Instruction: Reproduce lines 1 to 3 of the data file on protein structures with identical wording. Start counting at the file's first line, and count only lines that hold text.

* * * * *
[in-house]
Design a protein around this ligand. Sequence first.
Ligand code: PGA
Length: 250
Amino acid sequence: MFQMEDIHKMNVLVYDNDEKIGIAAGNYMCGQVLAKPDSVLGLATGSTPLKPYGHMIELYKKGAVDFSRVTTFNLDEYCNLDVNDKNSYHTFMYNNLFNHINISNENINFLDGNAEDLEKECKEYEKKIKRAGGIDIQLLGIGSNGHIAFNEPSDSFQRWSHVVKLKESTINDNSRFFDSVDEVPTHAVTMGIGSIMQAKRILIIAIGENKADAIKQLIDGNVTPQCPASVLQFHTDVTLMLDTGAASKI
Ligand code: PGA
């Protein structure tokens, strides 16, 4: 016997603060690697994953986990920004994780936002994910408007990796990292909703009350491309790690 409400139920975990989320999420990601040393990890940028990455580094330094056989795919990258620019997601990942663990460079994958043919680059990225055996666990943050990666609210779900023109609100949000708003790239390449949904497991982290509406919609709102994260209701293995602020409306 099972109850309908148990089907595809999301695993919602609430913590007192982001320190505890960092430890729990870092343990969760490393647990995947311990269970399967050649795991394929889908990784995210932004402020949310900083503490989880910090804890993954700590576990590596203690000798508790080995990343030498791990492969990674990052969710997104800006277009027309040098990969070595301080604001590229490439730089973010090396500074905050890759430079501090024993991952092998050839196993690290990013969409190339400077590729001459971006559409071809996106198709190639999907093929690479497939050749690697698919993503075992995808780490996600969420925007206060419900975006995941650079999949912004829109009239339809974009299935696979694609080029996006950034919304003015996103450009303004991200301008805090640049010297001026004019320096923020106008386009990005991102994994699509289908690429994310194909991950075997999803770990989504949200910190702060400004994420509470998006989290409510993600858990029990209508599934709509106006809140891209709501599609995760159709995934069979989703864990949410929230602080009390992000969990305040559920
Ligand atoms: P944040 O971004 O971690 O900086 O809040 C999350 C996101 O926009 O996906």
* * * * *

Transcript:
[in-house]
Design a protein around this ligand. Sequence first.
Ligand code: PGA